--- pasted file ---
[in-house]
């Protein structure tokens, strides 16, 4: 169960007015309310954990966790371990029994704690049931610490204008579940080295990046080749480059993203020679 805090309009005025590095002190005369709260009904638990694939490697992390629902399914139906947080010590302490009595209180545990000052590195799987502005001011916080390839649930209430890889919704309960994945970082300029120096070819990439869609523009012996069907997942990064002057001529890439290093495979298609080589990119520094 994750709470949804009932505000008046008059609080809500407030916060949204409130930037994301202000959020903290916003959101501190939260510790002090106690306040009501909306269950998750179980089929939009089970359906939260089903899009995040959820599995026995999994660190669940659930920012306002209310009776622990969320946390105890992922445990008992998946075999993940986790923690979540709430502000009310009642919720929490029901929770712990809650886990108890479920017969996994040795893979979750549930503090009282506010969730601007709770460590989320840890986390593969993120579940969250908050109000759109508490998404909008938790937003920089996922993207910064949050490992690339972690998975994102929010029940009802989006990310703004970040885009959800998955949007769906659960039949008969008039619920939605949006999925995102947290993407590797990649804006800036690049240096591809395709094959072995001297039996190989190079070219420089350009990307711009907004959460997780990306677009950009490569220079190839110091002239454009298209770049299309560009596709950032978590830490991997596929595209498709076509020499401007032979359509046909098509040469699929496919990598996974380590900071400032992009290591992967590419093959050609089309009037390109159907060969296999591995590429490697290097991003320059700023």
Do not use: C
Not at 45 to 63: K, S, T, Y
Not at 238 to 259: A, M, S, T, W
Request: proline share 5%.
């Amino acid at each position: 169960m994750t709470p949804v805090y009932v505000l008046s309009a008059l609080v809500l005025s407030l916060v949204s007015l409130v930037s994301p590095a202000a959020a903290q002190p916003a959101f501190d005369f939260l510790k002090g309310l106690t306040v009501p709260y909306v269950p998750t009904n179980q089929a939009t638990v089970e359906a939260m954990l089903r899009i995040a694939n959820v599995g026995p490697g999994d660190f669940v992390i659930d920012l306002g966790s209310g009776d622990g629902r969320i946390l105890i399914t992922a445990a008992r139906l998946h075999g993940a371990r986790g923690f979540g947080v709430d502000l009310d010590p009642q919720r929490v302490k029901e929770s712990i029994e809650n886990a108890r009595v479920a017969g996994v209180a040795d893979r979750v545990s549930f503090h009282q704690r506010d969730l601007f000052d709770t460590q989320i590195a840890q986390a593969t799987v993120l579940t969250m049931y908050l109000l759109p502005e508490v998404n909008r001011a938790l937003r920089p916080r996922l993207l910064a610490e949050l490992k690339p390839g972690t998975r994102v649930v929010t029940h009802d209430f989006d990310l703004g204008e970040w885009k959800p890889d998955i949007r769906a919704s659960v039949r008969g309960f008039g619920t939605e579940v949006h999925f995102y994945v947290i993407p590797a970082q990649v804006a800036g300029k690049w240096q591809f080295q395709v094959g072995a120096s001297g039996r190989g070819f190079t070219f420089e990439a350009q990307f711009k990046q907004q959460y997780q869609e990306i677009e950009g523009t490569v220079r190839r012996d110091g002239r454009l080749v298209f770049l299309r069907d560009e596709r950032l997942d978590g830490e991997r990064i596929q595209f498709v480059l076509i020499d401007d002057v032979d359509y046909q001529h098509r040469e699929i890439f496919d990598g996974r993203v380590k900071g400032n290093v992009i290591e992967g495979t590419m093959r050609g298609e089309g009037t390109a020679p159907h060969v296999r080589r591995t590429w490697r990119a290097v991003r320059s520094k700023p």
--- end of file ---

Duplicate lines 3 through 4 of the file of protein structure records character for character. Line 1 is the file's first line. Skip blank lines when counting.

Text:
Do not use: C
Not at 45 to 63: K, S, T, Y